On March 2, attorney Maria Laccotripe Zacharakis of McCarter & English, Boston, submitted a response to the rejection to the PTO. She wrote that the compound “is not present in nature in useable form because it is present in extremely low concentrations in the soil” and that the isolation of the teixobactin “transformed the compound as it existed in nature” into a new and useful composition of matter or at least a new and useful improvement of it.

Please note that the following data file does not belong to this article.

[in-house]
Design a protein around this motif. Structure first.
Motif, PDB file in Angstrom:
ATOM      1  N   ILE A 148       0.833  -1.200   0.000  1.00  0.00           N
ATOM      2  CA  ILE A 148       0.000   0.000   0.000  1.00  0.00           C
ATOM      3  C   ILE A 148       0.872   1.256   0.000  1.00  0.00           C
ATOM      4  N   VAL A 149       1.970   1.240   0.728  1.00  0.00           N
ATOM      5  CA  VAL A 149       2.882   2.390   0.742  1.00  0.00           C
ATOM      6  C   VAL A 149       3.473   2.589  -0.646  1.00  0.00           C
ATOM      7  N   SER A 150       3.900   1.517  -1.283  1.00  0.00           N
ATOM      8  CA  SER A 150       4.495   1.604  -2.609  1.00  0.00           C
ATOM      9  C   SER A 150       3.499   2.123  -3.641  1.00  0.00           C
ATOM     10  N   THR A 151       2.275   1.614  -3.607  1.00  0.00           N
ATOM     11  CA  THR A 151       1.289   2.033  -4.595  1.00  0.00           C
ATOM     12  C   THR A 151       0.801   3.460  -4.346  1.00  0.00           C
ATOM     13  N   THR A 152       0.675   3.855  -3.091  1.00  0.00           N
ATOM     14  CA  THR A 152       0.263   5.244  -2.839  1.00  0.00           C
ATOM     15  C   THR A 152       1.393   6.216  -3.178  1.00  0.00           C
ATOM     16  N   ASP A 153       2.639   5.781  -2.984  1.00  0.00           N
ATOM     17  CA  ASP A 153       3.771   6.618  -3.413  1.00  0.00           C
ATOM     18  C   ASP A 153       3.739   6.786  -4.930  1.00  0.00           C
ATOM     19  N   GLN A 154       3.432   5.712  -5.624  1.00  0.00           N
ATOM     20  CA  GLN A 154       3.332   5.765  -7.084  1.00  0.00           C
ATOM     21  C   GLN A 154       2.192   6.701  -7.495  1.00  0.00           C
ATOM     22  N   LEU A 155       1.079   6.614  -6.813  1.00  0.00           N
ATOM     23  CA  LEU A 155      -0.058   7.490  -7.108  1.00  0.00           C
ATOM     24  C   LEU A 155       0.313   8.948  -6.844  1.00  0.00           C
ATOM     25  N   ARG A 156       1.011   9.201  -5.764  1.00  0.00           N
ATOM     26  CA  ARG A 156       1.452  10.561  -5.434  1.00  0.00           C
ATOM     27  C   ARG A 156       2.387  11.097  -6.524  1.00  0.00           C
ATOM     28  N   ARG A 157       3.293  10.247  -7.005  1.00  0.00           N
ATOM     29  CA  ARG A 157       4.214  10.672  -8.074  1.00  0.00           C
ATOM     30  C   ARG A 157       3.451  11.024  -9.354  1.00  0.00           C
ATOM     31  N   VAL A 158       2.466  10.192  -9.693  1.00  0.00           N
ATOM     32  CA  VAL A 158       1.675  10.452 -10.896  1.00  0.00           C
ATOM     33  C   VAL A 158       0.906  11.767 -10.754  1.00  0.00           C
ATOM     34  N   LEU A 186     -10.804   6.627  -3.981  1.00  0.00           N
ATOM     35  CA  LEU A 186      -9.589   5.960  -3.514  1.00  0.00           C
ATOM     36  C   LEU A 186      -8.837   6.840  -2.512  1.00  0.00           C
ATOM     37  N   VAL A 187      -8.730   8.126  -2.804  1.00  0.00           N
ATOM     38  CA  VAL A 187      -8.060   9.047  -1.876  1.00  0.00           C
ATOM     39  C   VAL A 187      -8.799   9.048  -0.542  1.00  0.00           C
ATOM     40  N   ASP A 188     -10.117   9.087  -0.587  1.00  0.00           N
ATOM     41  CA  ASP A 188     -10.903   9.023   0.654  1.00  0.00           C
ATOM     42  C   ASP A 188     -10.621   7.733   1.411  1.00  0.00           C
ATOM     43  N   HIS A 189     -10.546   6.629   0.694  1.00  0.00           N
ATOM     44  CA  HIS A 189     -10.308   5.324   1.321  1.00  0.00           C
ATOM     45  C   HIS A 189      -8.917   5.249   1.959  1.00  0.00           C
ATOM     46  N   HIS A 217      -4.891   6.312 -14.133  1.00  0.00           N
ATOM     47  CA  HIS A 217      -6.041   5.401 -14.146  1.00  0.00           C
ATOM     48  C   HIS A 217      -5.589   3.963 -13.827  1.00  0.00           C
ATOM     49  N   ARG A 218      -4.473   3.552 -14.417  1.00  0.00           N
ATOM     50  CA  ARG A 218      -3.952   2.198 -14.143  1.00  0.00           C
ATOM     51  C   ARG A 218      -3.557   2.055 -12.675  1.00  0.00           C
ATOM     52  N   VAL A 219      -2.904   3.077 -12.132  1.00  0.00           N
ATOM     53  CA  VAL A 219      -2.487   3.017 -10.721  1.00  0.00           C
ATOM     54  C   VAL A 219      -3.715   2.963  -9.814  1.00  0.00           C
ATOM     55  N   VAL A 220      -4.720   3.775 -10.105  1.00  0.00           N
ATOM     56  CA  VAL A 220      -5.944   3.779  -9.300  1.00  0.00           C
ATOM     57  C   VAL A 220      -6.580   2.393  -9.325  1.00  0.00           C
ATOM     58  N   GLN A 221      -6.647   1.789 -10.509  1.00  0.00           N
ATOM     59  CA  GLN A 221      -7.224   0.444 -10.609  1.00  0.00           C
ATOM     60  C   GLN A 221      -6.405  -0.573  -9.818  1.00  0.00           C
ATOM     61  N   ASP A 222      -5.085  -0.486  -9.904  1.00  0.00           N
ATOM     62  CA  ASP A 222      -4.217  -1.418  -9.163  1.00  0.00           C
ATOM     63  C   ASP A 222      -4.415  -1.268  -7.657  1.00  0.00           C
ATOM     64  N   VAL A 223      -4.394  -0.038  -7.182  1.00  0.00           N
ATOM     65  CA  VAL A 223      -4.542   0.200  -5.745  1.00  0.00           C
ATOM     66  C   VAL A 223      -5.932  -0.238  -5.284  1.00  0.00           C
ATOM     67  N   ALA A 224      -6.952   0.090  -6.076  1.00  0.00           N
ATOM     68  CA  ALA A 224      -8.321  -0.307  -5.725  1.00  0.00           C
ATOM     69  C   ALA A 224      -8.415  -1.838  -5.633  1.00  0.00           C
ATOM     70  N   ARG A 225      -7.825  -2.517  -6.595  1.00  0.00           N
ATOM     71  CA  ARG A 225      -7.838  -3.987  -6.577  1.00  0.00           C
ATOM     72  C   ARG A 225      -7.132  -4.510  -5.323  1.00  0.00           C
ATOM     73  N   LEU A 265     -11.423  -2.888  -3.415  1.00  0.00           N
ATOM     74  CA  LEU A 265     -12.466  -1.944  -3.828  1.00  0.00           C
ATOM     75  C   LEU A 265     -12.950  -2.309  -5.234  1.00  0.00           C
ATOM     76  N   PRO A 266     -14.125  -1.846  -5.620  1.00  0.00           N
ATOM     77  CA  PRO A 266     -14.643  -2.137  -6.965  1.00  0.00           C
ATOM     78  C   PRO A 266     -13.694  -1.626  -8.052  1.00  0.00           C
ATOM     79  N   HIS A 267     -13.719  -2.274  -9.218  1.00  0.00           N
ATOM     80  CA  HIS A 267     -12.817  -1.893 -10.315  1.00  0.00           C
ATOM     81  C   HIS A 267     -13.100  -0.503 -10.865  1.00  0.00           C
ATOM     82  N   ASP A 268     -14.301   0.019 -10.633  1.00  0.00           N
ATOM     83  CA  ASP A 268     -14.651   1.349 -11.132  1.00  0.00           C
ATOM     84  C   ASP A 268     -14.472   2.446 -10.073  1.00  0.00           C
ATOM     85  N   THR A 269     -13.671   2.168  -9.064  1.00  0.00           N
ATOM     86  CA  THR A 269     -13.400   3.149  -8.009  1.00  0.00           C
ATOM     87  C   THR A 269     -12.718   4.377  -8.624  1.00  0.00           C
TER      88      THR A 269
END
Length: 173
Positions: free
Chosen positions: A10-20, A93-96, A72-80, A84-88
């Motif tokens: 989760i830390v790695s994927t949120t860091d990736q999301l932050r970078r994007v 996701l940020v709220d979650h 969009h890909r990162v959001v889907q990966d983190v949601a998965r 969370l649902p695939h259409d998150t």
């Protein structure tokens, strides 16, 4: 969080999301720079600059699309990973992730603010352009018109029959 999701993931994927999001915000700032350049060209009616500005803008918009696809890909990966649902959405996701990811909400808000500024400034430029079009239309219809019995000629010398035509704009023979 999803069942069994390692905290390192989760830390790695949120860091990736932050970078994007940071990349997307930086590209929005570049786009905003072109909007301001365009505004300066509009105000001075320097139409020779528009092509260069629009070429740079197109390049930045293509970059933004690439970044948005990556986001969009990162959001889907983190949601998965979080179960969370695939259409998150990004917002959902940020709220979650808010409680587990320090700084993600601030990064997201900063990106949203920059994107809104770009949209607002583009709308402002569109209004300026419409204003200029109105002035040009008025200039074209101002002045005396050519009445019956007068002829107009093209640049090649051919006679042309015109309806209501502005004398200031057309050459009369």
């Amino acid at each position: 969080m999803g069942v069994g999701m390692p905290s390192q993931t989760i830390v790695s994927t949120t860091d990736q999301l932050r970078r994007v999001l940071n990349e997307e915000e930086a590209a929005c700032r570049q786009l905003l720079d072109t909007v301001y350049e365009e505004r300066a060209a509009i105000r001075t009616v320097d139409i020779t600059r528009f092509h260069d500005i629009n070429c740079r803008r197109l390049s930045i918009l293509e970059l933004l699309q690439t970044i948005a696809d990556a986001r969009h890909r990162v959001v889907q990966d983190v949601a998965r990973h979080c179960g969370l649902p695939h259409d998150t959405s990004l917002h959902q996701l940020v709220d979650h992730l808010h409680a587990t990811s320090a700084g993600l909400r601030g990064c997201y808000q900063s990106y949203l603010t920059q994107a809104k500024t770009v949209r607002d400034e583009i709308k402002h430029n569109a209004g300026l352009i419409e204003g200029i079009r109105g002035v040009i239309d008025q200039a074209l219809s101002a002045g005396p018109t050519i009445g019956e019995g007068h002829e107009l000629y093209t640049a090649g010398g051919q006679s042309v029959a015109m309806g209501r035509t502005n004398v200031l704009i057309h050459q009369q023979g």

She quoted from an exchange during the oral arguments for Myriad. Justice Samuel Alito posed the example of a leaf from a plant in the Amazon that is found to cure cancer. Christopher A. Hansen, representing those who challenged Myriad’s patent, said that the leaf wouldn’t be patent eligible because it was a product of nature, But Alito asked, what if “you have to eat a whole forest to get the value, but if it’s extracted and reduced to a concentrated form, that’s not patentable?” Hansen said that it might well be patent eligible because the compound had been transformed from what was in nature by making it more concentrated and by giving it a function.